Steve Poltz has done a number of things throughout his career, but he’s grateful that he doesn’t have the NFL on his resume. He doesn’t have to worry about getting the kind of bad press that has followed Browns quarterback Johnny Manziel.
“I’m glad I was never a professional quarterback in the NFL back in the days when I was partying,” he quips early in our phone conversation. “I would have made Manziel look like an altar boy. Honestly, you can’t do anything nowadays. Back in the old days, Joe Namath could go out drinking and have a lot of fun, play a few casinos and the press wasn’t reporting on that. Nowadays, with the 24 hour news cycle and everybody’s got a phone and a video, you can’t do anything.”
In his younger rock ’n’ roll days with the Rugburns, his band at that time, Poltz did a lot of that “anything.”
“We used to go to the Cracker Barrel [when I was with] the Rugburns, and I had this thing and I would see how long I could get away with it. I would go back into the kitchen and act like I was a manager visiting from another Cracker Barrel,” he recalls. “But I’d be dressed like a Rugburn, like in some thrift store clothes and people would be like, ‘Why is this guy back there?’ But I would tell the rest of the band, it’s all in how you carry yourself.”
In the early ’90s, Cleveland was one of the early markets that took an interest in the Rugburns and the San Diego-based group began receiving airplay on WMMS with singles such as “Hitchhiker Joe” and “Me and Eddie Vedder.”
“We were big in Cleveland,” Poltz remembers. “As far as I was concerned, we were rock stars. We [flew out for a show] and they picked us up in a limousine, and we played the Agora Theatre. And then we played Buzzard Fest [in 1995] and we got to open for the Ramones. We [also] had a residency at the Euclid Tavern, and those were like the greatest days of our life. We played with a band called Deaf Children at Play and another band called Medicine Show. Cleveland sort of adopted us. [The band] did really well and our favorite place to play was the Euclid Tavern. It was just a really cool bar and the shows there were insane. So I’ve always had this really soft spot for Cleveland, because they were early adopters.”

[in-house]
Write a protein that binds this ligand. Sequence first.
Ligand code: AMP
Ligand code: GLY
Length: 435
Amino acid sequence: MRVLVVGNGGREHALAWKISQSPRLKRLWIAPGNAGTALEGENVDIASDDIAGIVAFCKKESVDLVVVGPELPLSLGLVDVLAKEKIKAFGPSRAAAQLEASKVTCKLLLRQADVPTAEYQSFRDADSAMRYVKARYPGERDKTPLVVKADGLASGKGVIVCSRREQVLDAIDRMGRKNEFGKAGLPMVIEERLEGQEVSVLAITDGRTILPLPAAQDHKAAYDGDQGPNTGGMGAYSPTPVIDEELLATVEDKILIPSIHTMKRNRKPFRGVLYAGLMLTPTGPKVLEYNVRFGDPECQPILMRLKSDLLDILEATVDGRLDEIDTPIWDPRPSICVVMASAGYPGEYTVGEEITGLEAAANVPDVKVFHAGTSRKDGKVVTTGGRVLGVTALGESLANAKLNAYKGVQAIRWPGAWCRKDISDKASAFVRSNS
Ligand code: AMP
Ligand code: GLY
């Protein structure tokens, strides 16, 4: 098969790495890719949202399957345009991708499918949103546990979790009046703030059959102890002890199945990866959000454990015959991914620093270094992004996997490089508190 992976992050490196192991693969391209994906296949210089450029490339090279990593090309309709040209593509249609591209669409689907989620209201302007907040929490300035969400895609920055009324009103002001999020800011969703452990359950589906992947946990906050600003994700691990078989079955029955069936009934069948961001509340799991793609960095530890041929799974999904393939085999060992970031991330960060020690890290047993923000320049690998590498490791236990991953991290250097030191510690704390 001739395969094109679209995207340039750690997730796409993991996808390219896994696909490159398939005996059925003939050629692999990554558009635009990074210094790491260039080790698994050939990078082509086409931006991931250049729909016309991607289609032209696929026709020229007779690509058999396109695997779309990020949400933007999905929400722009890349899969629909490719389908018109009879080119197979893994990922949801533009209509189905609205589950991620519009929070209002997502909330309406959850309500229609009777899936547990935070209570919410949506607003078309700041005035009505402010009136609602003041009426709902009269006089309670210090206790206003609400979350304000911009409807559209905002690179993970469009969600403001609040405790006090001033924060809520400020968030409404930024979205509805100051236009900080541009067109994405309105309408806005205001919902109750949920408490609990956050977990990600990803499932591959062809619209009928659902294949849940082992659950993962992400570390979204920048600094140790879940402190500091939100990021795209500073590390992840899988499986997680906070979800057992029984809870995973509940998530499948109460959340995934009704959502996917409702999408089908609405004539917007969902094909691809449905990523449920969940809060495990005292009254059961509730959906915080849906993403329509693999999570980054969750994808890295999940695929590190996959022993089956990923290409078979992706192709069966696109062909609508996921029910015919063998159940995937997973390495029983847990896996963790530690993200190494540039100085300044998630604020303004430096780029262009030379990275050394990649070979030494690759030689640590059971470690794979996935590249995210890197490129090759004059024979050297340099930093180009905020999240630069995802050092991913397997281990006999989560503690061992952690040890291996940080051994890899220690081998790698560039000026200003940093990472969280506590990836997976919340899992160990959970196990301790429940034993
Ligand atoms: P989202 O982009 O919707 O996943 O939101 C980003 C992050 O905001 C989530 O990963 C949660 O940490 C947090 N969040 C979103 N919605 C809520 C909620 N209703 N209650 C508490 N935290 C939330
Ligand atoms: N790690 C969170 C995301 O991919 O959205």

He brought singer-songwriter Jewel, his girlfriend at the time, to town.
“I was like, ‘Fly to Cleveland with me!,’” he says. “I brought her out on stage — she was dressed in something nice and she was hot and you know how Cleveland is, everybody was drinking and it’s a Rugburns show — they want to hear ‘Dick’s Automotive,’ and she comes out and I go, ‘This is my girlfriend — her name’s Jewel — she’s going to be big one day.’ And people are just going, ‘Show us your tits!’ She’s laughing and I was like, ‘You watch — I promise you, she’s going to be big.’ And [the Agora] was one of the first places she played.”
Poltz found songwriting success when he co-wrote “You Were Meant For Me” with Jewel, which became a big hit for the young songstress, eventually rising to No. 2 on the Billboard Hot 100 in April of 1997, but his interest in writing introspective material in addition to the comedic songs he was writing went further back than that. Long before the Rugburns had ever played their first tour date outside of San Diego, he had seen folk singer Loudon Wainwright III play at McCabe’s Guitar Shop, and it was an experience that moved him.